Valve originally unveiled SteamOS to enhance the capabilities of hardware configurations and provide a more customizable user-interface. Gabe Newell criticized Windows 8 and famously said:
“Windows 8 is a catastrophe for everyone in the PC space.”
Additionally, early indications were very positive and Valve managed to attain large performance increases on an OpenGL-powered Linux version of Left 4 Dead 2. However, according to Ars Technica, various developers claim Linux drivers and sub-par OpenGL tools are not adequate to match DirectX performance on Windows. Valve recently launched their new range of Steam Machines designed to run a gaming-optimized version of Linux. As a result, it seemed the opportune moment to test performance variation between the two operating systems. Ars Technica conducted a number of benchmarks and they make for some interesting reading:
Bizarrely, the source engine titles on Valve’s own operating system perform quite badly compared to the Windows 10 versions. This is surprising as you would expect Valve’s game engine to perform much better and even exceed the Windows 10 results.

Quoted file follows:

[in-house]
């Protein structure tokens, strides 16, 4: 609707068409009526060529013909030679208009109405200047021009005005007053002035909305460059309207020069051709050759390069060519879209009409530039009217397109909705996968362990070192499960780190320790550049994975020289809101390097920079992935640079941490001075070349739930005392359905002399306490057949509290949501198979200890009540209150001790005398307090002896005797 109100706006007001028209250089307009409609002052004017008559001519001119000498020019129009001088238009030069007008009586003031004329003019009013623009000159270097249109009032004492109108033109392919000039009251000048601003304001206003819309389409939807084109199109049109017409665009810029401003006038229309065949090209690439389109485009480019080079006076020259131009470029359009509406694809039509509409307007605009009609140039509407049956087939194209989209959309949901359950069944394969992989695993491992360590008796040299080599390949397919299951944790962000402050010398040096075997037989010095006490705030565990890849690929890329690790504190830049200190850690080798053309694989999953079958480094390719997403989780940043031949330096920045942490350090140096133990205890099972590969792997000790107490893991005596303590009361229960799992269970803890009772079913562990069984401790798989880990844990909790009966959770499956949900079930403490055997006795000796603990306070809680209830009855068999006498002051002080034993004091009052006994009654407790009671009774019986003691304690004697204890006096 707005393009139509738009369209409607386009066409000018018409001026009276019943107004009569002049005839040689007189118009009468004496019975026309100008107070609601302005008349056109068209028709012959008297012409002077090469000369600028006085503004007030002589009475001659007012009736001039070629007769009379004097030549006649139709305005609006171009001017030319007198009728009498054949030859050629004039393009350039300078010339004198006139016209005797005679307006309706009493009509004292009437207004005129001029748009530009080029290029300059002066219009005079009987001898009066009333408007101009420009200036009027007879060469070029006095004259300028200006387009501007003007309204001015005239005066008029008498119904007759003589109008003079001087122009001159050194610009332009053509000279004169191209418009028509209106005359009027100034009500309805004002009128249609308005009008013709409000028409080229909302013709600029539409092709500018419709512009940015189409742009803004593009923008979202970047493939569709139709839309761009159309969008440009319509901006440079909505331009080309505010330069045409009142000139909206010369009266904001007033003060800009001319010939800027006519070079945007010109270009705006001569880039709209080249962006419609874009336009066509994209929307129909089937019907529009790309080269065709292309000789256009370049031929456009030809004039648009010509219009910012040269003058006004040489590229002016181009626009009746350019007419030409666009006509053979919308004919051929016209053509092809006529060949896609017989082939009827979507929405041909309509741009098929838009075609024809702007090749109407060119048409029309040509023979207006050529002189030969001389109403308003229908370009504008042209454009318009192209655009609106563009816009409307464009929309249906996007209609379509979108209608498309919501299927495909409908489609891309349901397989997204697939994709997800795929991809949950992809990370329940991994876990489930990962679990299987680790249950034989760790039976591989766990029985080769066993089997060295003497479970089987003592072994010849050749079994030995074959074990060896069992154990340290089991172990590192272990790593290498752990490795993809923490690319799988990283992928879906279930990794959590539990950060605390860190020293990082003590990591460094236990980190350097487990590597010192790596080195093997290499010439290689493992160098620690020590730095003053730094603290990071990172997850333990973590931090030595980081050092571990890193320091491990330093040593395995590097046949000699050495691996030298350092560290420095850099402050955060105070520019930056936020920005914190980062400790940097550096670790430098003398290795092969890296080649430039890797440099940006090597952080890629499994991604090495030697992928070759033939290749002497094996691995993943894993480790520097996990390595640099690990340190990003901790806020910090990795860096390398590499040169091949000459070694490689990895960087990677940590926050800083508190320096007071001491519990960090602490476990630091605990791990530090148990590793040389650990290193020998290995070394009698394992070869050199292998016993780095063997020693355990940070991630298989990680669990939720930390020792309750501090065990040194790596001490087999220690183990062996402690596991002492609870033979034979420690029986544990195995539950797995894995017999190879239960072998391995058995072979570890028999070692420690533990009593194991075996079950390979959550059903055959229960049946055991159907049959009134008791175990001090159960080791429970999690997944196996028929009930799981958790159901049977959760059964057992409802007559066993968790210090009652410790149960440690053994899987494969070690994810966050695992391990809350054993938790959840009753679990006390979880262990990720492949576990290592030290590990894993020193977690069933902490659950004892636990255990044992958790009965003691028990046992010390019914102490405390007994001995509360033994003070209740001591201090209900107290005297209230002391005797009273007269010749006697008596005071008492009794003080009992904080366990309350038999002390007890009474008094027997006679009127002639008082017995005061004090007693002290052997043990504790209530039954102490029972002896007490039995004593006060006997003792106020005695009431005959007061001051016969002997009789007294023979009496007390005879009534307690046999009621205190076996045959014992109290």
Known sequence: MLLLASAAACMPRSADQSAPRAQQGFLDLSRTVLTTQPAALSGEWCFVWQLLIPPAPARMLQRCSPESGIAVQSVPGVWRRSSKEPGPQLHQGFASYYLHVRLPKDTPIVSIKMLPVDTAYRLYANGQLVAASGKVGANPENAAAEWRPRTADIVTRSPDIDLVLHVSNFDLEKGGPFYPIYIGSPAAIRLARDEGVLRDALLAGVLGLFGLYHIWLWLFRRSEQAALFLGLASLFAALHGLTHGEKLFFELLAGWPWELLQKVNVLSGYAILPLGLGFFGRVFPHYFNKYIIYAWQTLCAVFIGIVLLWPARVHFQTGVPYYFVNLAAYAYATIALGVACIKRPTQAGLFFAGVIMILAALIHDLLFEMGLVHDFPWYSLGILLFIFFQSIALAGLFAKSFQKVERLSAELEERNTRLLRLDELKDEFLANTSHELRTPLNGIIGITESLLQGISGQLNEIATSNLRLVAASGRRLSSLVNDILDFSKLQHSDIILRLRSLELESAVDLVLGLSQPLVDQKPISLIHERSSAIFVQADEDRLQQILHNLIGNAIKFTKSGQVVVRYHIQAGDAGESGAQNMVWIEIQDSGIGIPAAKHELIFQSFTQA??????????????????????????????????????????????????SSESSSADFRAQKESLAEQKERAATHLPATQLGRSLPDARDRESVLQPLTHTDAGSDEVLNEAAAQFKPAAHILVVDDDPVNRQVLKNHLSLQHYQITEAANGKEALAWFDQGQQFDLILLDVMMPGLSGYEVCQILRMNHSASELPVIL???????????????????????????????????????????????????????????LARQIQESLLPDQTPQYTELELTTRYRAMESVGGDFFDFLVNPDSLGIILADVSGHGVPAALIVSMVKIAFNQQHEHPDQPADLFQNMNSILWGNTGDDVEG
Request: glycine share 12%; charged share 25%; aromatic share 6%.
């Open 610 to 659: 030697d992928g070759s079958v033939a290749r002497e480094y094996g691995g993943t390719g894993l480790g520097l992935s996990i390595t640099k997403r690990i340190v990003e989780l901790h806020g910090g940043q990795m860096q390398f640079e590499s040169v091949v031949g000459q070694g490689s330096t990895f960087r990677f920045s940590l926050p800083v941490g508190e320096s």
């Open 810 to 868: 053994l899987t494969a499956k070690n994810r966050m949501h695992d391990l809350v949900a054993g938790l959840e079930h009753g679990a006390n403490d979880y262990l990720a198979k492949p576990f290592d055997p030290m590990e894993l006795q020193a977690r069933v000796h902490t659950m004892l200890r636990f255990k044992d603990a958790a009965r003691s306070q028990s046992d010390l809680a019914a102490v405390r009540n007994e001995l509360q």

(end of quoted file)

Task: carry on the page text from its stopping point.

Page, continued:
Here we can see the results scale across each graphics preset, and SteamOS struggles to properly utilize the bench system’s GPU.
Once the resolution is increased, there isn’t a change to the overall pattern, and Windows 10 still manages to leap ahead by a significant margin. Why? As previously mentioned, drivers are just nowhere near good enough, and Linux still suffers from a complete lack of software support. On another note, as DirectX 12 games become the norm, I can only see the gap increasing. Perhaps the highly-anticipated Vulkan API can change things, but for the meantime SteamOS is not an operating system to use if you care about pure performance numbers.